Lord North was born in London on the 13th of April 1732, at the family house at Albemarle Street, just off Piccadilly, though he spent much of his youth at Wroxton Abbey in Oxfordshire.
Lord North’s strong physical resemblance to George III suggested to contemporaries that Prince Frederick might have been North’s real father (and North the King’s brother), a theory compatible with the Prince’s reputation but supported by little real evidence.
North was descended from the 1st Earl of Sandwich and was related to Samuel Pepys and the 3rd Earl of Bute.
He at times had a slightly turbulent relationship with his father Francis North, 1st Earl of Guilford, yet they were very close.
In his early years the family was not wealthy, though their situation improved in 1735 when his father inherited property from his cousin.
In November 1763 he was chosen to speak for the Government concerning radical MP John Wilkes.
Wilkes had made a savage attack on both the Prime Minister and the King in his newspaper The North Briton, which many thought libellous.
North’s motion that Wilkes be expelled from the House of Commons passed by 273 votes to 111.
Wilkes’ expulsion took place in his absence, as he had already fled to France following a duel.
When the Duke of Grafton resigned as Prime Minister, North formed a government on 28 January 1770.
His ministers and supporters tended to be known as Tories, though they were not a formal grouping and many had previously been Whigs.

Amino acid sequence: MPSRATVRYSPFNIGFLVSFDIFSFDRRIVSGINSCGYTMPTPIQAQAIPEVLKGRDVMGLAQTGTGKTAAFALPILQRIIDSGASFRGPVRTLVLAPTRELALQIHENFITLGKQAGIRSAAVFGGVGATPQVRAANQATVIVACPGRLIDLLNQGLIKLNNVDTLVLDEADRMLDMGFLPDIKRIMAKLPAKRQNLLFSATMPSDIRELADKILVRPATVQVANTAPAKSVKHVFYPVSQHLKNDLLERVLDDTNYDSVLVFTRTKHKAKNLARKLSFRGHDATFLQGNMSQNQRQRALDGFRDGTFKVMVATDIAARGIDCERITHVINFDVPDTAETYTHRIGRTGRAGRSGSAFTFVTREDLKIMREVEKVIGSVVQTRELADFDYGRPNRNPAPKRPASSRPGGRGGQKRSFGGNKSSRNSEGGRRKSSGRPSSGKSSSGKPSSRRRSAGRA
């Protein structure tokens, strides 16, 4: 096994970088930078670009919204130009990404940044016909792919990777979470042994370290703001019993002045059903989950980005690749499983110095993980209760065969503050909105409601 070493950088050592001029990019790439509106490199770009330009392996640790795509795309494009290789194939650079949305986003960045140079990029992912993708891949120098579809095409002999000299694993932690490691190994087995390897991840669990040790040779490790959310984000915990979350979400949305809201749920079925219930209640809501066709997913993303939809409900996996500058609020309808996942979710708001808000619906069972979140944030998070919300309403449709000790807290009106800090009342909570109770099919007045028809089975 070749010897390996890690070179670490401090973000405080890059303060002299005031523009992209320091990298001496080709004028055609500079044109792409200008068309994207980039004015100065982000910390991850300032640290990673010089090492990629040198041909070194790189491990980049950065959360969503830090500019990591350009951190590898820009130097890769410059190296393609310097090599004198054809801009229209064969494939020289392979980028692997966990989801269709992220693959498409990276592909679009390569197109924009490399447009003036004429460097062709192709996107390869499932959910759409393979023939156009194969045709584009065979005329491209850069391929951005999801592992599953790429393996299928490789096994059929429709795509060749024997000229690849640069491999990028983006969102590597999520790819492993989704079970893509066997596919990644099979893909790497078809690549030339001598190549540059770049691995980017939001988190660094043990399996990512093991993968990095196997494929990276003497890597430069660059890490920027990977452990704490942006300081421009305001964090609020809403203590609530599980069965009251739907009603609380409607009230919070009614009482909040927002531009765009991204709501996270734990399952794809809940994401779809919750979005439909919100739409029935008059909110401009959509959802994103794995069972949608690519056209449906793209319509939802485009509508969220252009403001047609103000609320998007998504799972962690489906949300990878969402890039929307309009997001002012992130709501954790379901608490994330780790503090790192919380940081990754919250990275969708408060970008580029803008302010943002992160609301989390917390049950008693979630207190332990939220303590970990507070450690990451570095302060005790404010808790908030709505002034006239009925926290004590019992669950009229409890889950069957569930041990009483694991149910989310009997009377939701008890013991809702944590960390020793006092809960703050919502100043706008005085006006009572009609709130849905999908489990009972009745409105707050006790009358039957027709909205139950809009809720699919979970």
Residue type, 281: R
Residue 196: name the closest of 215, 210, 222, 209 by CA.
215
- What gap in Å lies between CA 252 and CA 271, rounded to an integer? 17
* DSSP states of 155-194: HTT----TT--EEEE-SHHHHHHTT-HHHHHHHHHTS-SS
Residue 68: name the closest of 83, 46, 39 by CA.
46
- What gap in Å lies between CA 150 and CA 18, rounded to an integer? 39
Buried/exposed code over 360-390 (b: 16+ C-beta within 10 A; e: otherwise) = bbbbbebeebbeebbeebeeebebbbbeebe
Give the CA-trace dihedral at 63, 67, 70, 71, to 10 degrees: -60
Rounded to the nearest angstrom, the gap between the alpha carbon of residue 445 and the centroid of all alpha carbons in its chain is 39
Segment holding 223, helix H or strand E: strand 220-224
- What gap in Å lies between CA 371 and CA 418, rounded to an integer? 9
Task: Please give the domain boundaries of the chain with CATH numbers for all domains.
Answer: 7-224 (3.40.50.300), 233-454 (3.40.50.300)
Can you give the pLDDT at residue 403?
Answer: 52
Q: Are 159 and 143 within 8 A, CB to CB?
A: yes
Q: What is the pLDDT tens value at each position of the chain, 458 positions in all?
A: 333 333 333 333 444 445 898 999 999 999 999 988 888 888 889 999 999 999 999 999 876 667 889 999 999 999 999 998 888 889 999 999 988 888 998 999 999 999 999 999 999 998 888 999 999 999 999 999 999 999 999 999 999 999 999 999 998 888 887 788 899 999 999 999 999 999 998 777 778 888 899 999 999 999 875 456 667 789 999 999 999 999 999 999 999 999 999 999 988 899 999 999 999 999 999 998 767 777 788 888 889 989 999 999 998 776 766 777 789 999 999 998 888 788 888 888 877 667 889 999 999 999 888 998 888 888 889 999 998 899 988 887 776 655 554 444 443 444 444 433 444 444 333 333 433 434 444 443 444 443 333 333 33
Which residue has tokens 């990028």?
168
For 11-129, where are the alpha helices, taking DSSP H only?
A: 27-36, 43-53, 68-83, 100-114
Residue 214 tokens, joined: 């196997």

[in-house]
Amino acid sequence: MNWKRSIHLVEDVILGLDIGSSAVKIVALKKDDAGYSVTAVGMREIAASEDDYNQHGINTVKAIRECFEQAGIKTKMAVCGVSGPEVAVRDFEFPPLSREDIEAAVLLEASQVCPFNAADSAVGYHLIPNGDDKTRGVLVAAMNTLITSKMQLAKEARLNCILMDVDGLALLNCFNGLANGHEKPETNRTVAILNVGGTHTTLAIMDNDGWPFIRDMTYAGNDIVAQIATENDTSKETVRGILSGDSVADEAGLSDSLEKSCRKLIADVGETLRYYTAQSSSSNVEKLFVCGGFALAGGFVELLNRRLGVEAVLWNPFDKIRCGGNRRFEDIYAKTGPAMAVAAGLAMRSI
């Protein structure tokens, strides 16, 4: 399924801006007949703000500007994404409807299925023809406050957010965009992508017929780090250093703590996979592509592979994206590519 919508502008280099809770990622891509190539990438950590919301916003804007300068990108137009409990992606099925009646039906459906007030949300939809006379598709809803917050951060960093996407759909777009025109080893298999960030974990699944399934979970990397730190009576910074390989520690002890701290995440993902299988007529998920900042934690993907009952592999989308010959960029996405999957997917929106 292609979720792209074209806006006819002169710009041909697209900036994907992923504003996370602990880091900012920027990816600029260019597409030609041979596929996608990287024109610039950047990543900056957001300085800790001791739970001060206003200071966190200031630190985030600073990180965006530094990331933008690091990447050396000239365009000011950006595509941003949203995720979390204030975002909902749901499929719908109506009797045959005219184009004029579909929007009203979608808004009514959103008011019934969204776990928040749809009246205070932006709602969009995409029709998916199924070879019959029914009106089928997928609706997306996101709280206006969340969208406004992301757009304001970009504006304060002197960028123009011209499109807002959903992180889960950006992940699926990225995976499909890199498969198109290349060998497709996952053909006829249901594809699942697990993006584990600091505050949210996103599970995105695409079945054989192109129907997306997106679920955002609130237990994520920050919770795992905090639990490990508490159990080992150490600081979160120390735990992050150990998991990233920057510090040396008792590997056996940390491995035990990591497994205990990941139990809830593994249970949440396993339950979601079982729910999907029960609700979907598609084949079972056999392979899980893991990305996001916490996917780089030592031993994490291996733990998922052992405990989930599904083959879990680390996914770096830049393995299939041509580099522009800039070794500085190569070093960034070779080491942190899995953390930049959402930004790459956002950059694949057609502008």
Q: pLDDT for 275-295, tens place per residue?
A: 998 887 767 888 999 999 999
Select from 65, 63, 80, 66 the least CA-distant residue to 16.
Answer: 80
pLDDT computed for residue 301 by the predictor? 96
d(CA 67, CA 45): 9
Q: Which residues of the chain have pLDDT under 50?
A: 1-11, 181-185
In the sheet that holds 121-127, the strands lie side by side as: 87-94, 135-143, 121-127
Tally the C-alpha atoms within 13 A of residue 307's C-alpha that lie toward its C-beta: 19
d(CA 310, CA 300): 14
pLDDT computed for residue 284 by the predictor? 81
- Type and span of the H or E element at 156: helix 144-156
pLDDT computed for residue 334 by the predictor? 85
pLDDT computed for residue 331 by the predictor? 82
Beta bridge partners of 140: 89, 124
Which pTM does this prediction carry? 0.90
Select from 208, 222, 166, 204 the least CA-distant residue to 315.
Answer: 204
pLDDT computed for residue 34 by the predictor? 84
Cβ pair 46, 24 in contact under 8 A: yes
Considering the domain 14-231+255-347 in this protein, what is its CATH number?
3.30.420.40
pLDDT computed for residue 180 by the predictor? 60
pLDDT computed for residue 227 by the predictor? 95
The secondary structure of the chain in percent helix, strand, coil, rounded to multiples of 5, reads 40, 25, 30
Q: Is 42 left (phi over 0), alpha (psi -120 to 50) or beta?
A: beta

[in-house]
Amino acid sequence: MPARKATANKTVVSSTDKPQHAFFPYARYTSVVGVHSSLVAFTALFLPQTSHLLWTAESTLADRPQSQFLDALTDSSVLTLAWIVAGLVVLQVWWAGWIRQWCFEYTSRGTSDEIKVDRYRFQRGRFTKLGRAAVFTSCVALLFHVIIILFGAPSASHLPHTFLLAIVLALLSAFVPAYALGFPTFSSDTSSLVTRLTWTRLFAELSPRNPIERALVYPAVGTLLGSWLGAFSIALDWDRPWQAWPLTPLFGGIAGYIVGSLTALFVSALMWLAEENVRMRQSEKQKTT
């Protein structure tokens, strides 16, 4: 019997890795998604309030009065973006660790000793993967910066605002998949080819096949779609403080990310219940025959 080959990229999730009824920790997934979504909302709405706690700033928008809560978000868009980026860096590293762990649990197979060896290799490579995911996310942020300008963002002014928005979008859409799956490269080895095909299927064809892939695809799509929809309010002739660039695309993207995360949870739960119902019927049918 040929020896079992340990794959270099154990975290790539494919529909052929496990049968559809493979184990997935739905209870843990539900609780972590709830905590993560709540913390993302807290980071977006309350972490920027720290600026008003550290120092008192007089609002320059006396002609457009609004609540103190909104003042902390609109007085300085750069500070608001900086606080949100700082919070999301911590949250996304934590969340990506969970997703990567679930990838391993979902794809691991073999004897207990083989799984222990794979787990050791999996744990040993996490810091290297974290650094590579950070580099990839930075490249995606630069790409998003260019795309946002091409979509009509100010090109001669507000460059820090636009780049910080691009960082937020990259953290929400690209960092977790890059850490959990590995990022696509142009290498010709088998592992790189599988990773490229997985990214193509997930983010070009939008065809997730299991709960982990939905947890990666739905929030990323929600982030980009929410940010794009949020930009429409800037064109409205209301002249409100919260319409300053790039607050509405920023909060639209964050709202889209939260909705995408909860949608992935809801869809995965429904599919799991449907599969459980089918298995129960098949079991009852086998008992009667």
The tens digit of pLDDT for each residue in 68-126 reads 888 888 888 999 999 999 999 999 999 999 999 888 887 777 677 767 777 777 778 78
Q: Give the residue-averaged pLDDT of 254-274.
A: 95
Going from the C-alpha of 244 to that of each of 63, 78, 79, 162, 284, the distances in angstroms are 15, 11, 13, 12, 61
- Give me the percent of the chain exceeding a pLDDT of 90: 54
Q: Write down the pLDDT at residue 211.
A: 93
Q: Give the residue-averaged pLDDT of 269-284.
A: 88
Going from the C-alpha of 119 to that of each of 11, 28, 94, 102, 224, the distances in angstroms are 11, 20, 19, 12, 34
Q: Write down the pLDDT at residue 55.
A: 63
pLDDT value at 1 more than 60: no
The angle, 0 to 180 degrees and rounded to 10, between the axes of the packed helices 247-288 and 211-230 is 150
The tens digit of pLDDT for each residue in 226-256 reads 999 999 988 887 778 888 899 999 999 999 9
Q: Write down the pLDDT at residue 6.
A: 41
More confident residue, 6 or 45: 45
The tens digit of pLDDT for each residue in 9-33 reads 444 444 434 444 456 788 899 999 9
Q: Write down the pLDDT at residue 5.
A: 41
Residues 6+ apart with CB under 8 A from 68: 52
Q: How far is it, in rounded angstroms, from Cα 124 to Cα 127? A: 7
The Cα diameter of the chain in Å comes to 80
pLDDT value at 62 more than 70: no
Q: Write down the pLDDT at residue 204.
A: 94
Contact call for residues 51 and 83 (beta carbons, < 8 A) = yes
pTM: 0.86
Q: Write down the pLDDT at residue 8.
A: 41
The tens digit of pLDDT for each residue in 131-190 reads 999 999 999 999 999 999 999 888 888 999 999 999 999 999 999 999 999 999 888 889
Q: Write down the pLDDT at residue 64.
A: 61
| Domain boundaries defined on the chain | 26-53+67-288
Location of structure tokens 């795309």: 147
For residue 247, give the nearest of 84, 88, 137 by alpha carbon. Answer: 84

He took over with Britain in a triumphant state, following the Seven Years’ War, which had seen the First British Empire expand to a peak by taking in vast new territories on several continents.
Circumstances forced him to keep many members of the previous cabinet in their jobs, despite their lack of agreement with him.
During peacetime North’s financial administration was sound, but he lacked the initiative to introduce radical fiscal reforms.
The most important events of his ministry were those concerned with the American Revolution.
He cannot be accused of causing it, but one of the first acts of his ministry was the retention of the tea duty, and his ministry responded to the Boston Tea Party with the Coercive Acts of 1774.
Underestimating the colonists’ powers of resistance, he attempted to combine severity and conciliation.
He faced war halfheartedly and was easily depressed by reverses; after 1777 it was only George III’s repeated entreaties not to abandon his sovereign to the mercy of the Rockingham Whigs that induced North to defend a war that at times he felt to be hopeless and impolitic.
From late 1766 to mid-1769, poor health removed Chatham from politics.
The Duke of Grafton became the nominal head of the ministry, but he lacked the charisma and leadership necessary to govern.
Slowly, the Chathamite ministers resigned first, Shelburne, then Granby and Camden, then others–and went into Opposition.
Grafton was soon surrounded by ministers he could not control and hostility to his ministry grew in Parliament.
The crisis over the return of the radical John Wilkes and his subsequent election from Middlesex leads to the resignation of the Duke.
The stage was now set for Lord North to become Prime Minister.